18.10.2 Algorithms (Hilbert Transform)

Recall that Hilbert transform is defined as follows:

g(y)=H(f(x))=\frac 1\pi \int_{-\infty }^\infty \frac{f(x)dx}{x-y}\,\!

The form of the above equation can be altered as follows:

 g(y)=\frac 1\pi \int _{-\infty }^\infty \frac{f(x-y)dx}x\,\!

It indicates that the Hilbert transform can be viewed as a convolution:

 g(y)=\frac 1{\pi x}*f(x) \,\!

Therefore, we can use a fast algorithm based on the convolution theorem to calculate the Hilbert transform. The algorithm can be expressed as follows:

 g(y)=ifft[fft(\frac 1{\pi x})\cdot fft(f(x))] \,\!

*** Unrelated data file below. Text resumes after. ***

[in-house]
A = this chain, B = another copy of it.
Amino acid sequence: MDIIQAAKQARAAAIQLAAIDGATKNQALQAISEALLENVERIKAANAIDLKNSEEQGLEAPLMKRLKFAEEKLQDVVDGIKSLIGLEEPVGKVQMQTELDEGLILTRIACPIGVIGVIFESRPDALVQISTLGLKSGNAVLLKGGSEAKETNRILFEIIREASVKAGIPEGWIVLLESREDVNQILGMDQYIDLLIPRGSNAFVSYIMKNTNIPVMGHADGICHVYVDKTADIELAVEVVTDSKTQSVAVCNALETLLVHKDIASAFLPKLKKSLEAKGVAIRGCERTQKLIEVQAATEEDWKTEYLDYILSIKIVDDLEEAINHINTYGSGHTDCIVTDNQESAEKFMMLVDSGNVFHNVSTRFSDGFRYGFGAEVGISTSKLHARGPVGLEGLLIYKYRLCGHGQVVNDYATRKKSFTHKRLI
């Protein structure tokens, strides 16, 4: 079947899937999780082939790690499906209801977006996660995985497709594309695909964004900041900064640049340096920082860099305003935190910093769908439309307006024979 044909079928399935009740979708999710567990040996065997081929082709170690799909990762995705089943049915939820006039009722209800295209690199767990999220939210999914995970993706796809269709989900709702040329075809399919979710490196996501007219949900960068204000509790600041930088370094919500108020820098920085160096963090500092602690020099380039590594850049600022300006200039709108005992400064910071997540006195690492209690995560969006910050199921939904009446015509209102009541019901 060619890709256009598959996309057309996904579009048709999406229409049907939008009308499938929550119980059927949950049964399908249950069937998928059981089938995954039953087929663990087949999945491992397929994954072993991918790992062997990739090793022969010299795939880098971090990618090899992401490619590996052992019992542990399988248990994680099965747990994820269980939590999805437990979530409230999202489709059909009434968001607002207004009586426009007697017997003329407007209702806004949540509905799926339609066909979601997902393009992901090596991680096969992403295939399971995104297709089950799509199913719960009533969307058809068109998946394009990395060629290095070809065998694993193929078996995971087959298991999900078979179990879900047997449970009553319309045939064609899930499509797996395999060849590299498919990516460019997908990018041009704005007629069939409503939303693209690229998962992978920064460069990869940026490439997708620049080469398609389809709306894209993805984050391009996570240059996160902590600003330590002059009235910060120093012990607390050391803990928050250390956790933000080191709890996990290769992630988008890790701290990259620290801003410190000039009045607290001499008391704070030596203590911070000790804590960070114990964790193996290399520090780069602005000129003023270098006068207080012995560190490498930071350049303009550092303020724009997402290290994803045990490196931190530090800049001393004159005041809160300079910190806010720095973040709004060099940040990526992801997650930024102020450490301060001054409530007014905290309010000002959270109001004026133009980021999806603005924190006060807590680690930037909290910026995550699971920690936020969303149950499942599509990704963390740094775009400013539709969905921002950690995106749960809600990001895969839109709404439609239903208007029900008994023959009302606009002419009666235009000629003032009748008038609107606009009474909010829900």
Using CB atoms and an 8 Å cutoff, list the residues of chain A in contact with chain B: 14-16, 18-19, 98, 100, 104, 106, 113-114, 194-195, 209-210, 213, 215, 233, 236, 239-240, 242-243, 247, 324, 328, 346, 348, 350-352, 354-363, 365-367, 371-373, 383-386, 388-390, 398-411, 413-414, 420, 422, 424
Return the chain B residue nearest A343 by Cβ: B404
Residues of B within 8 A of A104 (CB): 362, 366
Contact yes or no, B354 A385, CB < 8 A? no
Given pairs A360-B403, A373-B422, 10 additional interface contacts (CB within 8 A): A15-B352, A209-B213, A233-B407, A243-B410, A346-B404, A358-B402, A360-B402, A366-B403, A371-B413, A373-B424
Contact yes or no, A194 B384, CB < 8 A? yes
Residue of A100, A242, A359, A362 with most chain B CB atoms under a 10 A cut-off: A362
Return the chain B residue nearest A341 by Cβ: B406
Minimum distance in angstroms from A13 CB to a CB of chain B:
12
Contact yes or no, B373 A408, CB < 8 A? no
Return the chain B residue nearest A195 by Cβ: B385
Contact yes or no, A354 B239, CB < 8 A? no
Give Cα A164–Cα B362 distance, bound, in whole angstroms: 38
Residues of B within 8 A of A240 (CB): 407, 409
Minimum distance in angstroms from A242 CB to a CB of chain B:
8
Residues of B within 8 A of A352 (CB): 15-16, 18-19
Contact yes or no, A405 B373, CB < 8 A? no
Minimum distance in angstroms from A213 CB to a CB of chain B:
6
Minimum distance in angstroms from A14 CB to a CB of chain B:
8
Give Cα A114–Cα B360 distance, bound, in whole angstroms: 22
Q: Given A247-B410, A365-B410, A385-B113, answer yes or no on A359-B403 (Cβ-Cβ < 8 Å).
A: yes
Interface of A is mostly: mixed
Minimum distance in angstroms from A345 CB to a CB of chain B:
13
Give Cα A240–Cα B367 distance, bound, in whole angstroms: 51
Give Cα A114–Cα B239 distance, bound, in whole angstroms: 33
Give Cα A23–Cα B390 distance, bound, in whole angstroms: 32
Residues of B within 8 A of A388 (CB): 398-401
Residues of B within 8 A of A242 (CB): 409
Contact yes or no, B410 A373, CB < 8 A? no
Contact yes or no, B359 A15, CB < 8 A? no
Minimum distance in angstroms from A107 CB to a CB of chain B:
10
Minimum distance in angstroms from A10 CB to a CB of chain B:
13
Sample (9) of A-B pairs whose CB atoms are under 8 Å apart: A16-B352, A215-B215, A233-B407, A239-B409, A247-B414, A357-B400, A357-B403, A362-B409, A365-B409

where fft() denotes the fast Fourier transform operator and ifft() denotes the inverse fast Fourier transform operator.

We know that

 fft(\frac 1{\pi x})=-jsgn(freq) \,\!

where freq is the frequency and sgn(?) is the sign function. Therefore, the product,  fft(\frac 1{\pi x})\cdot fft(f(x)) \,\! , can be computed as a special filtering of the Fourier transform of the input signal. The filtering changes the frequency components by introducing a phase shift of -90 degrees at each positive frequency and a phase shift of 90 degrees at each negative frequency. The amplitudes are left unaltered. By applying an inverse Fourier transform on the product, we can get the Hilbert transform of the input data.

After the Hilbert transform is computed, the analytic signal can be derived from its definition.